On July 16, 2009, Oregon Gov. Ted Kulongoski signed into law the Oregon Workplace Religious Freedom Act ("OWRFA"). The new statute takes effect on January 1, 2010.  

OWRFA expands existing protections against discrimination based on religion in the workplace by requiring employers to reasonably accommodate an employee's use of leave time for engaging in religious observance or practices. OWRFA also prohibits employers from instituting occupational requirements that restrict employees from wearing religious clothing, from taking time off for holy days, or from participating in a religious observance or practice. The OWRFA contains only one occupation-specific exception: Public school teachers will be prohibited from wearing religious dress while "engaged in the performance of duties as a teacher."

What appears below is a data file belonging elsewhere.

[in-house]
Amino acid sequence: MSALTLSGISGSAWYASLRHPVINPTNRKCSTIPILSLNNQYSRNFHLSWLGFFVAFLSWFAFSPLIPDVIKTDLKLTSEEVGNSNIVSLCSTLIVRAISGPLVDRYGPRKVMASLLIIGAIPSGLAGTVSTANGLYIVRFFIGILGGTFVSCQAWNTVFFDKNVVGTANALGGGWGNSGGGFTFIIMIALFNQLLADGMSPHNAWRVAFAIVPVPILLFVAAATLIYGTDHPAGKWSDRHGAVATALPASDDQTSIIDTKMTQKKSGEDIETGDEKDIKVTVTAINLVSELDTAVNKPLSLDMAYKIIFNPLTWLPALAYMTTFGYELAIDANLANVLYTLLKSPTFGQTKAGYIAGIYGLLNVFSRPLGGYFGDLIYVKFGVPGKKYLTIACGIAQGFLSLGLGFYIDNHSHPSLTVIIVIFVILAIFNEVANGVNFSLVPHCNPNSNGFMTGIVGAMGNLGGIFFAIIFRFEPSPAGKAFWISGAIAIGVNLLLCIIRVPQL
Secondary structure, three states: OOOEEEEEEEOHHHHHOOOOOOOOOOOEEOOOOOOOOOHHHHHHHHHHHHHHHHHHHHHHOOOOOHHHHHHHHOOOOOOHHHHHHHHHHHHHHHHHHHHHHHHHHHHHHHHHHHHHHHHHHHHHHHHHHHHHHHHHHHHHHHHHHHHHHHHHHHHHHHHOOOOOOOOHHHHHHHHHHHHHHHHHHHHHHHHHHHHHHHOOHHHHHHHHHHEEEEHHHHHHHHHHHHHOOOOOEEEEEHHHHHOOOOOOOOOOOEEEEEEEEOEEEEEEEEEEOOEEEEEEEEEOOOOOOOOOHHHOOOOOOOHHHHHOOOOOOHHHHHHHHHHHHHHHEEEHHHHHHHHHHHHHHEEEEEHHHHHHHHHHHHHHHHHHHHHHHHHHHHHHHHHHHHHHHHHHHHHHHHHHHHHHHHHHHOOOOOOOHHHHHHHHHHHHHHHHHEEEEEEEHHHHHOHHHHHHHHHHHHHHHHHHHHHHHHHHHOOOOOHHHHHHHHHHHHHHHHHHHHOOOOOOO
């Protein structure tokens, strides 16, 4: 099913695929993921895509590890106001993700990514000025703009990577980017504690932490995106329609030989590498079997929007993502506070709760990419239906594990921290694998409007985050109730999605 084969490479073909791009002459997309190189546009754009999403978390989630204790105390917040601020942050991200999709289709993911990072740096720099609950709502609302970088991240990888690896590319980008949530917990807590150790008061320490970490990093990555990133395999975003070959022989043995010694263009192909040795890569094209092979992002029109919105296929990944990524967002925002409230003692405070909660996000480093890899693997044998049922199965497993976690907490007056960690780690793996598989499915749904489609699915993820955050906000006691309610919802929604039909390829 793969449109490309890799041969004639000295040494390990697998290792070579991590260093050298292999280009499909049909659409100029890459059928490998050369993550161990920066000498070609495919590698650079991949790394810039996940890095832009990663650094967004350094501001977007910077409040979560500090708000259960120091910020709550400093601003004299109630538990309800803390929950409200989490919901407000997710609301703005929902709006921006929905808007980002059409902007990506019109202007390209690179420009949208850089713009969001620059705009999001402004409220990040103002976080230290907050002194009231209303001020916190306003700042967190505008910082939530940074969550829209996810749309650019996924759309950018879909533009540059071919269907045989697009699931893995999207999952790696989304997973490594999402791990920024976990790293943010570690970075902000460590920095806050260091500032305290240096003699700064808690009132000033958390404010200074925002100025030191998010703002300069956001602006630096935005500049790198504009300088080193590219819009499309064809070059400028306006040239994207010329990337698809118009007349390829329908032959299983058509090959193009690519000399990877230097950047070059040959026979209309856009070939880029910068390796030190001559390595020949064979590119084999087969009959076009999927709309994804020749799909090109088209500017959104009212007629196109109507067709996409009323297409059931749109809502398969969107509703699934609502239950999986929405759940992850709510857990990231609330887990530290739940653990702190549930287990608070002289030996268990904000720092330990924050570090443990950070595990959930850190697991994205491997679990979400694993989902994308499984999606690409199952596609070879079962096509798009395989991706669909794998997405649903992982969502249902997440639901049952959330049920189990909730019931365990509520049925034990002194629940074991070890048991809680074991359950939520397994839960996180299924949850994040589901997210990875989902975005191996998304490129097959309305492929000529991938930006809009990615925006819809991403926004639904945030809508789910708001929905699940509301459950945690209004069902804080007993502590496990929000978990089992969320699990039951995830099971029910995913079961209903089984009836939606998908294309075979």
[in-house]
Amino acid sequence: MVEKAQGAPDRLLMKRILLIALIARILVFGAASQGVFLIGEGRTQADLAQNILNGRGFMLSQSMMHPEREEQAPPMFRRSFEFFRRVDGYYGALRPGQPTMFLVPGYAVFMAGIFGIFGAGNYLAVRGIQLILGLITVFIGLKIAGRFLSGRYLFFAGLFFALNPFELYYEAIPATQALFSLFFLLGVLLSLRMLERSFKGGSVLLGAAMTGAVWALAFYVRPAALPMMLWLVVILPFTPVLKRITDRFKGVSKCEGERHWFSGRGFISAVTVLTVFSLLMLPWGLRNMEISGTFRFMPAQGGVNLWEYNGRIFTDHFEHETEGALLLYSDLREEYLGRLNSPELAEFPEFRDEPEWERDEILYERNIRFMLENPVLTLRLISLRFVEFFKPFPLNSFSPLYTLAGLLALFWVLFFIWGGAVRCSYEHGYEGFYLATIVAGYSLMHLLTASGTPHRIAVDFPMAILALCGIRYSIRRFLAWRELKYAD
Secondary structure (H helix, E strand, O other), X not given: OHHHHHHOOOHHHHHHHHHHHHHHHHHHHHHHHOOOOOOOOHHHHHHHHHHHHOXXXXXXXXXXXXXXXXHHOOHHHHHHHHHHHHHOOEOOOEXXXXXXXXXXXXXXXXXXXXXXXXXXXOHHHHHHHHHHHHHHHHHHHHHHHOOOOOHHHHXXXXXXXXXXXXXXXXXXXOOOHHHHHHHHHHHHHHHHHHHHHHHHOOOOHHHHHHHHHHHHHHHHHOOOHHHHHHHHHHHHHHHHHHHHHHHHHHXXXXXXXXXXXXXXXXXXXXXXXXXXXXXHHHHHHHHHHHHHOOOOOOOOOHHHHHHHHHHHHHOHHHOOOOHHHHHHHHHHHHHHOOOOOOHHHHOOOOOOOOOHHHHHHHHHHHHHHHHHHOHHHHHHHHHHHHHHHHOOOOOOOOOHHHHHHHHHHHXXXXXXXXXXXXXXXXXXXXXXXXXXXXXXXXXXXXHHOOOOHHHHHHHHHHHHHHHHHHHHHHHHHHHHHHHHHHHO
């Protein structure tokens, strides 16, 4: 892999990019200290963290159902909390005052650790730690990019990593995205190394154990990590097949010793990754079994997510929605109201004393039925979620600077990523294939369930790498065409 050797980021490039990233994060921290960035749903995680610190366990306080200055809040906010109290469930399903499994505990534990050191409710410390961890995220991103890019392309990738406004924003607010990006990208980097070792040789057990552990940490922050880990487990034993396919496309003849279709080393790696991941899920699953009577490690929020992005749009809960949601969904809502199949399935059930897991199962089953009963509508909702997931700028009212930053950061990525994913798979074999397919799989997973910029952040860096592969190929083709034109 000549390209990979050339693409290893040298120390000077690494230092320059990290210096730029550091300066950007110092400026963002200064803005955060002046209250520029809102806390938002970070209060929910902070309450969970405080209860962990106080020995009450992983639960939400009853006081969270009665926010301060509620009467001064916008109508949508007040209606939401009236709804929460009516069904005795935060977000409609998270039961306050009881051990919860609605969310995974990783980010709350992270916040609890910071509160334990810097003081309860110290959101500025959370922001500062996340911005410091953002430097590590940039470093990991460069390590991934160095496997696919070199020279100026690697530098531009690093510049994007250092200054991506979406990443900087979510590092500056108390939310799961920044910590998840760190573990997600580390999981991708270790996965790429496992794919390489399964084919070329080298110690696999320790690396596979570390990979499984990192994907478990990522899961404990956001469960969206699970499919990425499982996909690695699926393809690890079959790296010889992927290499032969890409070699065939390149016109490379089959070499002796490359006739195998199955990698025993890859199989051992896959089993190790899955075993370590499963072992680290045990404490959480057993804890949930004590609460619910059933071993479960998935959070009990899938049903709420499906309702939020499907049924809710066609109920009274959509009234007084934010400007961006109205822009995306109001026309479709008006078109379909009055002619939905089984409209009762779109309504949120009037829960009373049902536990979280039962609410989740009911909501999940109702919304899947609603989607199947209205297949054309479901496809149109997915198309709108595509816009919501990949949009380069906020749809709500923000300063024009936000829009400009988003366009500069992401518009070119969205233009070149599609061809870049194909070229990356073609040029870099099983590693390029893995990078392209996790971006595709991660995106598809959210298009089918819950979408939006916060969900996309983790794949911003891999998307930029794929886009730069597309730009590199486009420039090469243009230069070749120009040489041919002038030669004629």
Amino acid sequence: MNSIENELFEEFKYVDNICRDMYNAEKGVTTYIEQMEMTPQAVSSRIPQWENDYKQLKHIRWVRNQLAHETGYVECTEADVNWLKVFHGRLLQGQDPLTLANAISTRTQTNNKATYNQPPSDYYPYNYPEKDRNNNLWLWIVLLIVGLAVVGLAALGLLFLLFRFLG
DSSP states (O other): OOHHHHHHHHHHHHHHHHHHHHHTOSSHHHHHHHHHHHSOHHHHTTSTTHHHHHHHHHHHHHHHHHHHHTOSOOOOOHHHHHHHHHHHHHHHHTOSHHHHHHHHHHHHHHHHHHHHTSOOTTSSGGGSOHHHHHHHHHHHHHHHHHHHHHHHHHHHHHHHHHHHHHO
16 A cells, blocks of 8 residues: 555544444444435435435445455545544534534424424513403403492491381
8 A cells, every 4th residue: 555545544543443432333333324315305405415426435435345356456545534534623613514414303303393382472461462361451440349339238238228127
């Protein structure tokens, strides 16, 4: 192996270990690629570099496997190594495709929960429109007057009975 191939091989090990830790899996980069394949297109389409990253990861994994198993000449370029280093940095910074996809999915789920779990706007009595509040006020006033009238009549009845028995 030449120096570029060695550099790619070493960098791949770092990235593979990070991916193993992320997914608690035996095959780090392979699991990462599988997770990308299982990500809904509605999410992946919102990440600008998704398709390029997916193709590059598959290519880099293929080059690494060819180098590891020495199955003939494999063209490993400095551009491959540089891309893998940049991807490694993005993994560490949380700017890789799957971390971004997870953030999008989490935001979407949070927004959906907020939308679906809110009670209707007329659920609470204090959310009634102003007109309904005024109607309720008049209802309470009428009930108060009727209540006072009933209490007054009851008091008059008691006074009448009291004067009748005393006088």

Under OWRFA, a reasonable accommodation of religious observance is required unless it imposes an "undue hardship" on the employer. "Undue hardship" is defined to exist where the accommodation "imposes significant difficulty or expense on the employer." When assessing an undue hardship, OWRFA directs consideration not only of the nature and cost of the requested accommodation, but also the size, financial resources and location of the employer, the type of business operations conducted by the employer, and the facility's health and safety requirements, including the safety requirements of other employees who might be adversely impacted by the accommodation.  

What This Means For Employers

Awareness of OWRFA's requirements is particularly important for small employers because its provisions are applicable to any business or person with one or more employees. In contrast, Title VII, the federal law that prohibits religious discrimination, is applicable to employers with 15 or more employees. Thus, employers in Oregon – large and small – must recognize and respond appropriately to requests for religious accommodations in the workplace.